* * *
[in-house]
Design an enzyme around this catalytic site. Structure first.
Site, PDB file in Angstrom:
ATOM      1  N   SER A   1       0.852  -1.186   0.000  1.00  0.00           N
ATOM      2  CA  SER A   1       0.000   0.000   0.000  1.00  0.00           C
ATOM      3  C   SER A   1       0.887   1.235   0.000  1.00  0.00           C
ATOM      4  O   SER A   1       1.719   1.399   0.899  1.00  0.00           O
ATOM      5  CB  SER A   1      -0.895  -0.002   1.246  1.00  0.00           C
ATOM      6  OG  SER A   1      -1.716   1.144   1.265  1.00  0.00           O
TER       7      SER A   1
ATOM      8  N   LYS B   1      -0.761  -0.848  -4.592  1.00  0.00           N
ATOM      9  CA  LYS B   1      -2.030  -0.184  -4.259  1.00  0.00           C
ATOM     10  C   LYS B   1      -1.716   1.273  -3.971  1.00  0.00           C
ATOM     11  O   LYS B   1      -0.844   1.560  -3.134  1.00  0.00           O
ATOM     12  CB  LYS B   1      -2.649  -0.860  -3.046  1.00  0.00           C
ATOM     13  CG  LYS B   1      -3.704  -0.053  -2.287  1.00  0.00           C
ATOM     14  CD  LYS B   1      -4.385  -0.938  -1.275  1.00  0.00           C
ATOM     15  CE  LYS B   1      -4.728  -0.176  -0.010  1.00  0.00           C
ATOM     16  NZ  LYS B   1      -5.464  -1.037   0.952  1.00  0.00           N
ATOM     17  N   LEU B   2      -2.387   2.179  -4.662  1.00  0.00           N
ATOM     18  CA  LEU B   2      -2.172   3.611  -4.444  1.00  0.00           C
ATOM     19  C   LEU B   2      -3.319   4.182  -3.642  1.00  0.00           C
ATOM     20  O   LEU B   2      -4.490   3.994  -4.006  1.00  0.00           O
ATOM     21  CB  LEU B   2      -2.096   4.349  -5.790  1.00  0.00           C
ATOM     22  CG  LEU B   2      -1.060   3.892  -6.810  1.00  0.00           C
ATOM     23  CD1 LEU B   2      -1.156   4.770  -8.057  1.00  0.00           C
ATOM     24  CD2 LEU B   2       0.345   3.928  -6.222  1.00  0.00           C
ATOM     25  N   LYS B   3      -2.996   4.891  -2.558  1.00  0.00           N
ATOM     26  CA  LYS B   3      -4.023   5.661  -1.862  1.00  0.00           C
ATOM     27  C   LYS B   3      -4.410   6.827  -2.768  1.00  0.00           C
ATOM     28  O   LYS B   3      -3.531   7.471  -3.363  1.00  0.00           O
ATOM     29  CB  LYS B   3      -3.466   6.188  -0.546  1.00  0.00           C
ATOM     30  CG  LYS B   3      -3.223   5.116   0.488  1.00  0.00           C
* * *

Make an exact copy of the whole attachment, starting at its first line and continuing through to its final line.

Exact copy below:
[in-house]
Design an enzyme around this catalytic site. Structure first.
Site, PDB file in Angstrom:
ATOM      1  N   SER A   1       0.852  -1.186   0.000  1.00  0.00           N
ATOM      2  CA  SER A   1       0.000   0.000   0.000  1.00  0.00           C
ATOM      3  C   SER A   1       0.887   1.235   0.000  1.00  0.00           C
ATOM      4  O   SER A   1       1.719   1.399   0.899  1.00  0.00           O
ATOM      5  CB  SER A   1      -0.895  -0.002   1.246  1.00  0.00           C
ATOM      6  OG  SER A   1      -1.716   1.144   1.265  1.00  0.00           O
TER       7      SER A   1
ATOM      8  N   LYS B   1      -0.761  -0.848  -4.592  1.00  0.00           N
ATOM      9  CA  LYS B   1      -2.030  -0.184  -4.259  1.00  0.00           C
ATOM     10  C   LYS B   1      -1.716   1.273  -3.971  1.00  0.00           C
ATOM     11  O   LYS B   1      -0.844   1.560  -3.134  1.00  0.00           O
ATOM     12  CB  LYS B   1      -2.649  -0.860  -3.046  1.00  0.00           C
ATOM     13  CG  LYS B   1      -3.704  -0.053  -2.287  1.00  0.00           C
ATOM     14  CD  LYS B   1      -4.385  -0.938  -1.275  1.00  0.00           C
ATOM     15  CE  LYS B   1      -4.728  -0.176  -0.010  1.00  0.00           C
ATOM     16  NZ  LYS B   1      -5.464  -1.037   0.952  1.00  0.00           N
ATOM     17  N   LEU B   2      -2.387   2.179  -4.662  1.00  0.00           N
ATOM     18  CA  LEU B   2      -2.172   3.611  -4.444  1.00  0.00           C
ATOM     19  C   LEU B   2      -3.319   4.182  -3.642  1.00  0.00           C
ATOM     20  O   LEU B   2      -4.490   3.994  -4.006  1.00  0.00           O
ATOM     21  CB  LEU B   2      -2.096   4.349  -5.790  1.00  0.00           C
ATOM     22  CG  LEU B   2      -1.060   3.892  -6.810  1.00  0.00           C
ATOM     23  CD1 LEU B   2      -1.156   4.770  -8.057  1.00  0.00           C
ATOM     24  CD2 LEU B   2       0.345   3.928  -6.222  1.00  0.00           C
ATOM     25  N   LYS B   3      -2.996   4.891  -2.558  1.00  0.00           N
ATOM     26  CA  LYS B   3      -4.023   5.661  -1.862  1.00  0.00           C
ATOM     27  C   LYS B   3      -4.410   6.827  -2.768  1.00  0.00           C
ATOM     28  O   LYS B   3      -3.531   7.471  -3.363  1.00  0.00           O
ATOM     29  CB  LYS B   3      -3.466   6.188  -0.546  1.00  0.00           C
ATOM     30  CG  LYS B   3      -3.223   5.116   0.488  1.00  0.00           C